Show Mobile Navigation
Humans |

10 Weird Facts About Your Tongue

by Toby Oliva
fact checked by Rachel Jones

All day long, we use our tongues for a variety of purposes. Your tongue helps you to eat, talk, taste, and swallow. Despite this, most people do not know much about their tongues (probably because we don’t usually think about it).

Some of the facts below are so surprising that you may be left with your tongue hanging out of your mouth. So grab a snack, practice your tongue twisters, and get ready to find out some facts that might leave you tongue-tied. Let’s explore ten weird facts about your tongue.

Related: 10 Amazing Things You Didn’t Know Our Body Parts Can Do

10 Your Tongue Has the Most Flexible Muscles in Your Body

Muscles of the tongue (preview) – Human Anatomy | Kenhub

A common misconception often repeated is that the tongue is the strongest muscle in the body. This is not the case. The strongest muscle is generally considered to be the heart. However, the tongue is one of the most sensitive muscles we have in our bodies.

Drinking a sip of hot coffee or eating too-hot food can prove that to you, as the tongue is extremely sensitive to high temperatures. The tongue also has the most flexible muscles in our bodies. Think about how your tongue can move up, down, back, and forth; your tongue can even find small pieces of food between your teeth and dislodge them.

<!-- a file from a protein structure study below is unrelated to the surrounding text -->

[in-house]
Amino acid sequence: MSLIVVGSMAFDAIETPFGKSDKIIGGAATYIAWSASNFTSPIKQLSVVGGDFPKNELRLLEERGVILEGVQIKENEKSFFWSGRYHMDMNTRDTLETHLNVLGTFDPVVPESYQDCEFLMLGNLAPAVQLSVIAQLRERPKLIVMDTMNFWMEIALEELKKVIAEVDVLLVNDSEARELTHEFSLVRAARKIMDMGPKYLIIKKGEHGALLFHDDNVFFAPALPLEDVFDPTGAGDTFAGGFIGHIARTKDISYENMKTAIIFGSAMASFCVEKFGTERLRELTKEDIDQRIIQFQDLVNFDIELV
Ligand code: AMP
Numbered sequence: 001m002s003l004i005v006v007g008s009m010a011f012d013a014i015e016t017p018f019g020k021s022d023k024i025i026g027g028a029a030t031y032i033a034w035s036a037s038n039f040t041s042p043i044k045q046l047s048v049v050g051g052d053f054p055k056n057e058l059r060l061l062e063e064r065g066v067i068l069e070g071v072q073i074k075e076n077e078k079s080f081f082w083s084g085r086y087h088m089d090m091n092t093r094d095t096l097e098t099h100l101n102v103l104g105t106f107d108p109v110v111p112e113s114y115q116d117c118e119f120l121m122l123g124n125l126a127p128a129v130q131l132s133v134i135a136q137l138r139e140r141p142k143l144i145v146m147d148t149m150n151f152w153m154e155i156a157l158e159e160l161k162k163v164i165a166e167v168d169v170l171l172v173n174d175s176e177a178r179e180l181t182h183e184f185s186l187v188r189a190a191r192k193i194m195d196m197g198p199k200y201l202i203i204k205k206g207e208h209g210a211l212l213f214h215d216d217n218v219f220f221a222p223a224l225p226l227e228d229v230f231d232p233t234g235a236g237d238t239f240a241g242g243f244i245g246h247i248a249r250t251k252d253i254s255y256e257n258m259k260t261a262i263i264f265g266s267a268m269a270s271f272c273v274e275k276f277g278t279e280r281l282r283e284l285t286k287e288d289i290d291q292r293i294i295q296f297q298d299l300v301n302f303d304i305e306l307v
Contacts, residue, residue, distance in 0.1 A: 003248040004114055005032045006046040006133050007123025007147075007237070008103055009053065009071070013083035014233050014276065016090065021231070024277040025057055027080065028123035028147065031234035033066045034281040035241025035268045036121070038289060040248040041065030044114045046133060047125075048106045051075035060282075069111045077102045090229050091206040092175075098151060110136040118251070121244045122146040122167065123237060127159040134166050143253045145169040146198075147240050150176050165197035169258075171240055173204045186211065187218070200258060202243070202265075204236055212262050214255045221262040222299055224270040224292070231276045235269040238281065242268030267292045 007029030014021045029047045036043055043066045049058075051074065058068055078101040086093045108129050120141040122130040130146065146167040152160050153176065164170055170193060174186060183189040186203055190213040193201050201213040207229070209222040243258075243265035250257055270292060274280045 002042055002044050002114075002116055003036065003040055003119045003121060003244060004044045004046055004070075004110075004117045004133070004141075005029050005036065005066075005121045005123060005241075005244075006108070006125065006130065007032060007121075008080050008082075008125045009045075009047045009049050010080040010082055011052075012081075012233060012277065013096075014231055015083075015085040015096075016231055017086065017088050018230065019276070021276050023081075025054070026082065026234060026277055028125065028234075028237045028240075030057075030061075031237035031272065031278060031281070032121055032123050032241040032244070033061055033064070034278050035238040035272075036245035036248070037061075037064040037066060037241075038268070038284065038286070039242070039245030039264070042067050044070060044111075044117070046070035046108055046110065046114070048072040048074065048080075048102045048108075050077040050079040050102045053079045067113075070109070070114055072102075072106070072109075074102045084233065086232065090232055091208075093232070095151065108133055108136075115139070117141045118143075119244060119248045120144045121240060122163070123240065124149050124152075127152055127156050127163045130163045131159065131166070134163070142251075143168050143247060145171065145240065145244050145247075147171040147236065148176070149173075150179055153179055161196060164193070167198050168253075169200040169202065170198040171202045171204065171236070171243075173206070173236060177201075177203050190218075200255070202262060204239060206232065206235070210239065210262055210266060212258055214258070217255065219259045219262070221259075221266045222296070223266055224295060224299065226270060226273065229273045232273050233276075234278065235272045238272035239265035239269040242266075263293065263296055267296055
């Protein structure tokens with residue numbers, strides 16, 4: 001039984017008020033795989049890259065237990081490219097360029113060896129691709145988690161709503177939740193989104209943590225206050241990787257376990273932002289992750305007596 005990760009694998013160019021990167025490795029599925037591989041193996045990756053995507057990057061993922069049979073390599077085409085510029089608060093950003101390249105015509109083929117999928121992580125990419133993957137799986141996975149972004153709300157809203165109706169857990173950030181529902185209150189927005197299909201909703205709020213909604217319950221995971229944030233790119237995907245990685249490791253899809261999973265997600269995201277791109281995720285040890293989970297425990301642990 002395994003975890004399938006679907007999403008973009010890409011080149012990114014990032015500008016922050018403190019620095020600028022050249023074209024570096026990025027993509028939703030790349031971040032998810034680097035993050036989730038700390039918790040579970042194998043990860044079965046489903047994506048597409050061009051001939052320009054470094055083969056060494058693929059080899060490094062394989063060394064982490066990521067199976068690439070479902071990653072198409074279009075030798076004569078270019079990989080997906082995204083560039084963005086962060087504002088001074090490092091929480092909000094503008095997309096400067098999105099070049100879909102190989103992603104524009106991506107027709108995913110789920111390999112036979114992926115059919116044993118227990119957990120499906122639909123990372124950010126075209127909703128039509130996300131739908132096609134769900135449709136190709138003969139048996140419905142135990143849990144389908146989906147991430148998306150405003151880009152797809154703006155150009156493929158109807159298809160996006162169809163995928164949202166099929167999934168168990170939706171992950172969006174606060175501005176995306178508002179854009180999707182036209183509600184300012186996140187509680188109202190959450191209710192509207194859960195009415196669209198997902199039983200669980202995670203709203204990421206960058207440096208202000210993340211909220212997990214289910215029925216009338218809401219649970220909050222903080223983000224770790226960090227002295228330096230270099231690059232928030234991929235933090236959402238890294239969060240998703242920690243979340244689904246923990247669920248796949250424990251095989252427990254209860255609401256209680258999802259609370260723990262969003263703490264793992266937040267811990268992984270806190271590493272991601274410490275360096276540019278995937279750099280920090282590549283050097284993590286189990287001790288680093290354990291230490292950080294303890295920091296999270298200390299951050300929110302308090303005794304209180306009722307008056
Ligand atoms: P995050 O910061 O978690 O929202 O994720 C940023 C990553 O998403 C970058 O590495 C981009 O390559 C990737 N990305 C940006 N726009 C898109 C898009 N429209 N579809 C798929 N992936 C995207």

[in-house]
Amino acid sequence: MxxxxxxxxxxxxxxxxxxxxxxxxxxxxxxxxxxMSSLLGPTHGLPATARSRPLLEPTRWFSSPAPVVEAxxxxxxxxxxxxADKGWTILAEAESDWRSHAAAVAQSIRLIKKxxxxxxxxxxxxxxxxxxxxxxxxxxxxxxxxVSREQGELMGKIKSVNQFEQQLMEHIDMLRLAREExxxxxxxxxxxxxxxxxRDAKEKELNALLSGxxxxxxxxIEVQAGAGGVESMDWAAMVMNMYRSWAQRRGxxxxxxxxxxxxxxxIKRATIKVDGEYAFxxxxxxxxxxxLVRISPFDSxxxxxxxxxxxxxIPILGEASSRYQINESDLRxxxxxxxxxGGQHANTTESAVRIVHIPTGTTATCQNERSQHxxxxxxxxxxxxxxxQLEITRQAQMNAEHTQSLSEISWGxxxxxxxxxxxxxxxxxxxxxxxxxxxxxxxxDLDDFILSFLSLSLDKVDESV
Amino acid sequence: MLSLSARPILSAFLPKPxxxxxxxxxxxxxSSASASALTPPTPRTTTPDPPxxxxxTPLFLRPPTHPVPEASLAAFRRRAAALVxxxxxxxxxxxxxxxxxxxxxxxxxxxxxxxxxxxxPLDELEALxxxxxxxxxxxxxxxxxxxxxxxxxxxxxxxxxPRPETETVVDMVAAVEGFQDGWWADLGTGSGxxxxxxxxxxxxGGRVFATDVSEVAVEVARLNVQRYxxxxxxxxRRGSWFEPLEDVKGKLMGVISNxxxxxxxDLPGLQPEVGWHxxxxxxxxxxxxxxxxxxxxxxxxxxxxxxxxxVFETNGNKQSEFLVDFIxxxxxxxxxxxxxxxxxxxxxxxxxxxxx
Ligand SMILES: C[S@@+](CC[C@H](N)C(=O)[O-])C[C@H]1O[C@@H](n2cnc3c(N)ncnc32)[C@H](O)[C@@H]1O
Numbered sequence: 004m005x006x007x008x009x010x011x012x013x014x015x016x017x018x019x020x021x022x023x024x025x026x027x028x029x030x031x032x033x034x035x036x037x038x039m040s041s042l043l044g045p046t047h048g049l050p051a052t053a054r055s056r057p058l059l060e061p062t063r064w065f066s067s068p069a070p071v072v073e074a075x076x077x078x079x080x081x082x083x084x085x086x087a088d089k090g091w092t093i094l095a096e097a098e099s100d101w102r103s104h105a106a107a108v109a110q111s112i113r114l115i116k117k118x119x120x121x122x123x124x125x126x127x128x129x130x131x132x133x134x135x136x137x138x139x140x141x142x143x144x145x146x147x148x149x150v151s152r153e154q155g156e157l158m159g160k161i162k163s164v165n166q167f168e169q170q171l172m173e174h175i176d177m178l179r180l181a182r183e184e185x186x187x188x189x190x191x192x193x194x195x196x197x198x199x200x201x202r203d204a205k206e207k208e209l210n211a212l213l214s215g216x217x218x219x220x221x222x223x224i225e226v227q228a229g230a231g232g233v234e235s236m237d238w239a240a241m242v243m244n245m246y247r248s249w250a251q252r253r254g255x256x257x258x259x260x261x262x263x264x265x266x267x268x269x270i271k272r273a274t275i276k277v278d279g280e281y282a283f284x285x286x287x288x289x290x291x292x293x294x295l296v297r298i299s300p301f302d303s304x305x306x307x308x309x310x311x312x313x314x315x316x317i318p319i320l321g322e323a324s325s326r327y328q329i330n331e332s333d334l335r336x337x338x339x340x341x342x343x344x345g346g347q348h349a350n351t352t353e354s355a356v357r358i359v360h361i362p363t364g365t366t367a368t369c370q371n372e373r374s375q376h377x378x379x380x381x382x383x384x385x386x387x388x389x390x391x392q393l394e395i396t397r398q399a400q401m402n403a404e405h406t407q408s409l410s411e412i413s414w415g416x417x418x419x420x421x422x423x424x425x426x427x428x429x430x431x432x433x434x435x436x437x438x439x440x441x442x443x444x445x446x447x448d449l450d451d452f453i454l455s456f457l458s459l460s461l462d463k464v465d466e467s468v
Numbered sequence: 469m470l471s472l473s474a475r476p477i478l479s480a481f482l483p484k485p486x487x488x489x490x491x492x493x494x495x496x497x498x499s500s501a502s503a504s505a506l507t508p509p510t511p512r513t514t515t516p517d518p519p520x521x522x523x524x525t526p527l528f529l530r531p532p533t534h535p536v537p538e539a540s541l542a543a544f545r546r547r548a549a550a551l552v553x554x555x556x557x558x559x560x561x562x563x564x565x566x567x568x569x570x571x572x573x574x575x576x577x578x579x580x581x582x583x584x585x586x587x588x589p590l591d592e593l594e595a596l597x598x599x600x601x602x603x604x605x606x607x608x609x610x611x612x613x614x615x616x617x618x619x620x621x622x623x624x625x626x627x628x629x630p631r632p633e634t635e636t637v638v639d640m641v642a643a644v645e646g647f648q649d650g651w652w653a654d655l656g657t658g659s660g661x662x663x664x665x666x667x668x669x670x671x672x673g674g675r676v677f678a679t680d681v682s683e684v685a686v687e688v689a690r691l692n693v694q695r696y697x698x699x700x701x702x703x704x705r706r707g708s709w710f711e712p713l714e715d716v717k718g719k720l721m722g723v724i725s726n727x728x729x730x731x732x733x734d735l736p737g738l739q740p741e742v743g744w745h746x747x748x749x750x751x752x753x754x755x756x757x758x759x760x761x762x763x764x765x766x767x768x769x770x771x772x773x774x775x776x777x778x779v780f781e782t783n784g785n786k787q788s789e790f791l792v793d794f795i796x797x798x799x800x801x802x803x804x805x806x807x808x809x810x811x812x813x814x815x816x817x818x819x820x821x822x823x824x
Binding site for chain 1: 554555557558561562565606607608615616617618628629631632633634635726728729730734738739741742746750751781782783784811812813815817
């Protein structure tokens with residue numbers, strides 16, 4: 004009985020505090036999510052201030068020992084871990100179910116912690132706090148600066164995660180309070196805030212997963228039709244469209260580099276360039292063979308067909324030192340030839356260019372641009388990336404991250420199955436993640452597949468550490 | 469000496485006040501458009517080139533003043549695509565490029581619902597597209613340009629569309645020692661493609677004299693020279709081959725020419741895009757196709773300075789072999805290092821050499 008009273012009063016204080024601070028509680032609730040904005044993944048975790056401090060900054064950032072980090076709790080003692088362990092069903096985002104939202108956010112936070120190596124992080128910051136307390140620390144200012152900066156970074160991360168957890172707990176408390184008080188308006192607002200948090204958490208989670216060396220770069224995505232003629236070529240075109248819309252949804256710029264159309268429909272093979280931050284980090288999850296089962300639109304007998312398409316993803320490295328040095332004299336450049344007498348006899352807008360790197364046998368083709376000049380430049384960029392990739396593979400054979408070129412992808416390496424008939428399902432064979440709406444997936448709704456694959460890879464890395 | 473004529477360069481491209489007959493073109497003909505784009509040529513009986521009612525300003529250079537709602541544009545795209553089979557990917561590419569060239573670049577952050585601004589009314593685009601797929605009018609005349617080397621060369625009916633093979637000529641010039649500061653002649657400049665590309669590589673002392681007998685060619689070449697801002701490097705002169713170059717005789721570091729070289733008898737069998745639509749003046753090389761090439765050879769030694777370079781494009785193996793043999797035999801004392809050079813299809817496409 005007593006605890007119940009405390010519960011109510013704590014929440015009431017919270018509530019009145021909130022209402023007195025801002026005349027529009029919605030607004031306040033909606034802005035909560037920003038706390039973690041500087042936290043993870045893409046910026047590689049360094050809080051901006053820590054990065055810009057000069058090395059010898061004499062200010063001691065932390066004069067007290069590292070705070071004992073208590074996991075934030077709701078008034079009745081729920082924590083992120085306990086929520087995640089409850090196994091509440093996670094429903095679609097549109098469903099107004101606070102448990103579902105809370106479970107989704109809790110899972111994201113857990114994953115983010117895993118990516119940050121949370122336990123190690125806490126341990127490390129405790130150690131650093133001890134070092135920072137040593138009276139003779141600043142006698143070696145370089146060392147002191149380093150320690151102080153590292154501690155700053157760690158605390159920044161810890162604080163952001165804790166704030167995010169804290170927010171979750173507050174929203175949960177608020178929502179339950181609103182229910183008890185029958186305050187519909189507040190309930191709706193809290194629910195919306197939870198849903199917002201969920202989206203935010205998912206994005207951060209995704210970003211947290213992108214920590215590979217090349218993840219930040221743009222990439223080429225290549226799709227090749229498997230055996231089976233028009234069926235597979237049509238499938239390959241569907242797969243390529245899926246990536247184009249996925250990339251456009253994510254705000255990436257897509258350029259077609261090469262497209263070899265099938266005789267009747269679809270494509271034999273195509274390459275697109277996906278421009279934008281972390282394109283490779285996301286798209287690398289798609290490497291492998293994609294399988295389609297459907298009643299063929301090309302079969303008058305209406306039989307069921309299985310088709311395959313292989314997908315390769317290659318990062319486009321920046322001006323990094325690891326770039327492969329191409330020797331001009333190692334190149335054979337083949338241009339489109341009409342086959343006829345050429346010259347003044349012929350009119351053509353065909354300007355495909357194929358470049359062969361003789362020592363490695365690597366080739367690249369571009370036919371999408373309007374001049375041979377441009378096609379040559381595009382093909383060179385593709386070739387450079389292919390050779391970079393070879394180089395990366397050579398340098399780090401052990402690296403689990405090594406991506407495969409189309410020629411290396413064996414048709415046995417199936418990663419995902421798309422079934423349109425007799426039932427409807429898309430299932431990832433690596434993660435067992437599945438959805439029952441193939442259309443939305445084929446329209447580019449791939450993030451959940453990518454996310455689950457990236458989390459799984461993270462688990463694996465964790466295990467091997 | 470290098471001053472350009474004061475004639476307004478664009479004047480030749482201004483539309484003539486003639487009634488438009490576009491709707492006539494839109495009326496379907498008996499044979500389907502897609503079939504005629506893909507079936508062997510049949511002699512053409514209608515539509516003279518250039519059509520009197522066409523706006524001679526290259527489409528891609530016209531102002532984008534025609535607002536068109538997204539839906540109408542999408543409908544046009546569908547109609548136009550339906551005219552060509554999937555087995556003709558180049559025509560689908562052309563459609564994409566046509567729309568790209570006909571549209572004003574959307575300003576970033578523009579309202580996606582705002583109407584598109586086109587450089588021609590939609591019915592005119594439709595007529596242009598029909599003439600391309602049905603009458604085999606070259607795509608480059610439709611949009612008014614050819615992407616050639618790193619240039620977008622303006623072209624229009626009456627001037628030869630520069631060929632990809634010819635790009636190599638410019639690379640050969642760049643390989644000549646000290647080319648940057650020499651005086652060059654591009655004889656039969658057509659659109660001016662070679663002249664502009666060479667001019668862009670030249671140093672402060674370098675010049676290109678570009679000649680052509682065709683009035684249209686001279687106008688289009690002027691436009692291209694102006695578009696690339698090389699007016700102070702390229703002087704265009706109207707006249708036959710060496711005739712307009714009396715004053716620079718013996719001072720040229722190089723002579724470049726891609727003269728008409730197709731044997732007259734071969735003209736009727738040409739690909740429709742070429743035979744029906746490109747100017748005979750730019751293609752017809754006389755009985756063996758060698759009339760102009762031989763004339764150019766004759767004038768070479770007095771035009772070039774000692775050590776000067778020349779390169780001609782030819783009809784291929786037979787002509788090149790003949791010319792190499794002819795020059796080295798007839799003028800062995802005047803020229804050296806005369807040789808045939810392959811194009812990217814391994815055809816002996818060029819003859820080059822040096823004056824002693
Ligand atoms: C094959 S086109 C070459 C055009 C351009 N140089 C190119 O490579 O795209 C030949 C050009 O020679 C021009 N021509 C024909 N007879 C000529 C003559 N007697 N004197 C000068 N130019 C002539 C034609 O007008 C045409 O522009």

Many people (about 80 percent of the population) can curl their tongues into a tube, as you likely learned from your friends in kindergarten. However, even if you can’t roll your tongue, your tongue is still the most flexible muscle in your body. You definitely shouldn’t try rolling any of your other muscles! The tongue’s extreme flexibility is just the first weird fact on our list about our wiggling, tasting mouth muscles (tongues).

9 Your Tongue Cannot Taste without Saliva

Can we Taste Food without Saliva? + more videos | #aumsum #kids #science #education #children

As amazing as your tongue is, without saliva (spit), you would not be able to taste much. Your mouth secretes saliva via your salivary glands, activating your tongue’s taste buds. You can test this right now!

Simply dry off your tongue using a paper towel or napkin. Then, try to eat something dry, like a pretzel or a corn chip. You won’t taste much! Then, try the experiment again without drying your tongue (have a drink of water). Now, that is more like it! For an even better example, try experimenting with something sour, like a lemon or lime. You may not be able to tell it is sour until your salivary glands activate and your taste buds start working again. Amazing!

In most cases, with a dry mouth, the first thing you will taste is salt. This is because salt dissolves quickly and easily in water (or saliva). As amazing as the human tongue is, without saliva, we would not taste almost anything!

8 You Cannot See Taste Buds with the Naked Eye

How Does Taste Work – How Do Taste Buds Work – Structure Of The Tongue – Structure Of Taste Buds

Most people associate taste buds with the tongue. This makes sense because most people have between 2,000 and 4,000 taste buds on their tongue. However, there are also taste buds in other places, including the back of your throat, nose, and upper esophagus.